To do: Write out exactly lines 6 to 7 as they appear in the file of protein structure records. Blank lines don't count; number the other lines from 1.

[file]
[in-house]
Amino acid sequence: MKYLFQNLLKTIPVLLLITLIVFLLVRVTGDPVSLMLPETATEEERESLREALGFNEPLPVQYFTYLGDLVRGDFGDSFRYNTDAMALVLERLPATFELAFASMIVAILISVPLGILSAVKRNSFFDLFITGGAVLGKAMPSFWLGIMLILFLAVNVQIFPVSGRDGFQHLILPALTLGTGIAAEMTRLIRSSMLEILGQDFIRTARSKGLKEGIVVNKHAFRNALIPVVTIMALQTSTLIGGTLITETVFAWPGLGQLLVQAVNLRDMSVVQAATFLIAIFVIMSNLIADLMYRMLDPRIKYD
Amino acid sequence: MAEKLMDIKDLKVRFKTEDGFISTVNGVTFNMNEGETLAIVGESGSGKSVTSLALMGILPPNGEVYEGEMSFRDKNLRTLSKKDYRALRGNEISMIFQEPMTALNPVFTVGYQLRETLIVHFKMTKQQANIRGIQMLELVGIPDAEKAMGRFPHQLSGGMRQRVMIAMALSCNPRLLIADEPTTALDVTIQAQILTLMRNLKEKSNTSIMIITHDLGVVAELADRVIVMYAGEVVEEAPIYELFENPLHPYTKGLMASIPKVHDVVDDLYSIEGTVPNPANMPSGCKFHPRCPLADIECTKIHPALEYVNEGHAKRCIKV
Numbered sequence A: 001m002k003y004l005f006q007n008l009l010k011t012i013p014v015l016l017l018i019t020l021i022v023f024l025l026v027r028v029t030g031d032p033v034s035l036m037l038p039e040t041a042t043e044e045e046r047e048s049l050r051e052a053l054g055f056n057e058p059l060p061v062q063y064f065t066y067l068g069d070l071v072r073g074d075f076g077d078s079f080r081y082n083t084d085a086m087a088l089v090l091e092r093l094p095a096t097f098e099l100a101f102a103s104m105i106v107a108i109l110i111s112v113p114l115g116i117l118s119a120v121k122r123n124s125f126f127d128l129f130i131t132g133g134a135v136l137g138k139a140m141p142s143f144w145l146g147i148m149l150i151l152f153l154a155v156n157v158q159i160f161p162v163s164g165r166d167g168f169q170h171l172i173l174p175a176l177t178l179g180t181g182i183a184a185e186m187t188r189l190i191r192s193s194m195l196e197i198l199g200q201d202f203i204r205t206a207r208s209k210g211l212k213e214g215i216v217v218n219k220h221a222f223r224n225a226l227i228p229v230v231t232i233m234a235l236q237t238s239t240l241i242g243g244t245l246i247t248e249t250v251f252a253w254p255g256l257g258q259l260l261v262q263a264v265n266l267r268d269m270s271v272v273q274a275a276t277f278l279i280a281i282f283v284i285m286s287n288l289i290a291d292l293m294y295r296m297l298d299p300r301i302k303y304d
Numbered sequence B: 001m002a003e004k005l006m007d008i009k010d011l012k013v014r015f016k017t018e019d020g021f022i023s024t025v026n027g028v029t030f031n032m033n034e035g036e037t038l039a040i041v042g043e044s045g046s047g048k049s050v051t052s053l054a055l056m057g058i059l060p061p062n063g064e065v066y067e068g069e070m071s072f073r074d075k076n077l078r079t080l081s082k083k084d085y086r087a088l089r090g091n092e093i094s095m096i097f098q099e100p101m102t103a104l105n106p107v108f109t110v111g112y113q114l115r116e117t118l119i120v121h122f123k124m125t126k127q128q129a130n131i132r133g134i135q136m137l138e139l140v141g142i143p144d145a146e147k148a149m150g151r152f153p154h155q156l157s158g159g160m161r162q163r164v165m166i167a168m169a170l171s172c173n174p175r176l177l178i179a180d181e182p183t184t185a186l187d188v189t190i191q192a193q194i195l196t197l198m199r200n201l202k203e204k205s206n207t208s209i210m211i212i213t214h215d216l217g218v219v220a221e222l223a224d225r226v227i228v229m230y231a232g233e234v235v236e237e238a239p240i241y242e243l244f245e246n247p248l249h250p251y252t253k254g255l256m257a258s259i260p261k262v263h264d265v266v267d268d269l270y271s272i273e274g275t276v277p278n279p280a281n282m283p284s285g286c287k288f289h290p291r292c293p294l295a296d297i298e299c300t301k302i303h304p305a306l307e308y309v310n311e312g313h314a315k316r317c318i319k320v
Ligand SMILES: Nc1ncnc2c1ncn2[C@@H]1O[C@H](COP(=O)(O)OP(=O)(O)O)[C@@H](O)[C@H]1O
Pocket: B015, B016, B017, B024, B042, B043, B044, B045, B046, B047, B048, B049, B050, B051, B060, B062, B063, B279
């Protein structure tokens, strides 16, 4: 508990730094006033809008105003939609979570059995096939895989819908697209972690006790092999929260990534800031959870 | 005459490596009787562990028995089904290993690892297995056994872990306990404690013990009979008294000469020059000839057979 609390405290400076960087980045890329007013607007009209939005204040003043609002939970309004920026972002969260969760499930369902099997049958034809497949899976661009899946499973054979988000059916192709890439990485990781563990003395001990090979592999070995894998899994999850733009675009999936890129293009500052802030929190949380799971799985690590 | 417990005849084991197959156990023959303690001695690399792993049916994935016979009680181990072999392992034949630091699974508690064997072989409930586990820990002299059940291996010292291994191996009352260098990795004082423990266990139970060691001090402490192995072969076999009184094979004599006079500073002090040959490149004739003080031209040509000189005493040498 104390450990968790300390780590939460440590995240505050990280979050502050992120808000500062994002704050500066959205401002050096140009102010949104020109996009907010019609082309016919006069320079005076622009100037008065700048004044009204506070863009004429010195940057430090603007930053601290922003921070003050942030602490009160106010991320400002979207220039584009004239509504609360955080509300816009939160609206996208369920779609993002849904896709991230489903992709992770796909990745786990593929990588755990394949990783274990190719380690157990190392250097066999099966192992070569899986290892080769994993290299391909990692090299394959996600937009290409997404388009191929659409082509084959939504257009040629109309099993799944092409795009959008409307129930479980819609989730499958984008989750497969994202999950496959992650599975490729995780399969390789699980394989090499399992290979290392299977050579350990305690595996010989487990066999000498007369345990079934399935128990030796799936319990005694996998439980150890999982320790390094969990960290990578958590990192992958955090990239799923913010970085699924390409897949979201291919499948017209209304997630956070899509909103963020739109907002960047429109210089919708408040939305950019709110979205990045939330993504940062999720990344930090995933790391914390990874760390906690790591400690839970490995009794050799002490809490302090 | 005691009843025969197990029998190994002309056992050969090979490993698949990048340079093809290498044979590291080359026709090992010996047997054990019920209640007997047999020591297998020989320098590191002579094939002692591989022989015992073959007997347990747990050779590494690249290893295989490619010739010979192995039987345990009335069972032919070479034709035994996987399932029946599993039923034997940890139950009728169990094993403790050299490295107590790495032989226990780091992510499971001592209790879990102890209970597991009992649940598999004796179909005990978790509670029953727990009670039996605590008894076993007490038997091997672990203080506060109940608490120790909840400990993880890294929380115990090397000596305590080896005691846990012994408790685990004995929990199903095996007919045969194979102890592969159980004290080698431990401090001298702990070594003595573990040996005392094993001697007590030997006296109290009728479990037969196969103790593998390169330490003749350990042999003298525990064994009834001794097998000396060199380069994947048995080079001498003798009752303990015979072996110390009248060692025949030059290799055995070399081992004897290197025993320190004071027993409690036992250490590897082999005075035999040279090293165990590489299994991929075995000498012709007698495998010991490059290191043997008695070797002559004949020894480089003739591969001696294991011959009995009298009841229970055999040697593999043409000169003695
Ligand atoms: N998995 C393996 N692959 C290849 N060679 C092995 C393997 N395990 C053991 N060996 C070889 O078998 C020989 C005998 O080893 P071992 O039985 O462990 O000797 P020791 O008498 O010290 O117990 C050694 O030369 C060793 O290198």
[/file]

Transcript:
Ligand SMILES: Nc1ncnc2c1ncn2[C@@H]1O[C@H](COP(=O)(O)OP(=O)(O)O)[C@@H](O)[C@H]1O
Pocket: B015, B016, B017, B024, B042, B043, B044, B045, B046, B047, B048, B049, B050, B051, B060, B062, B063, B279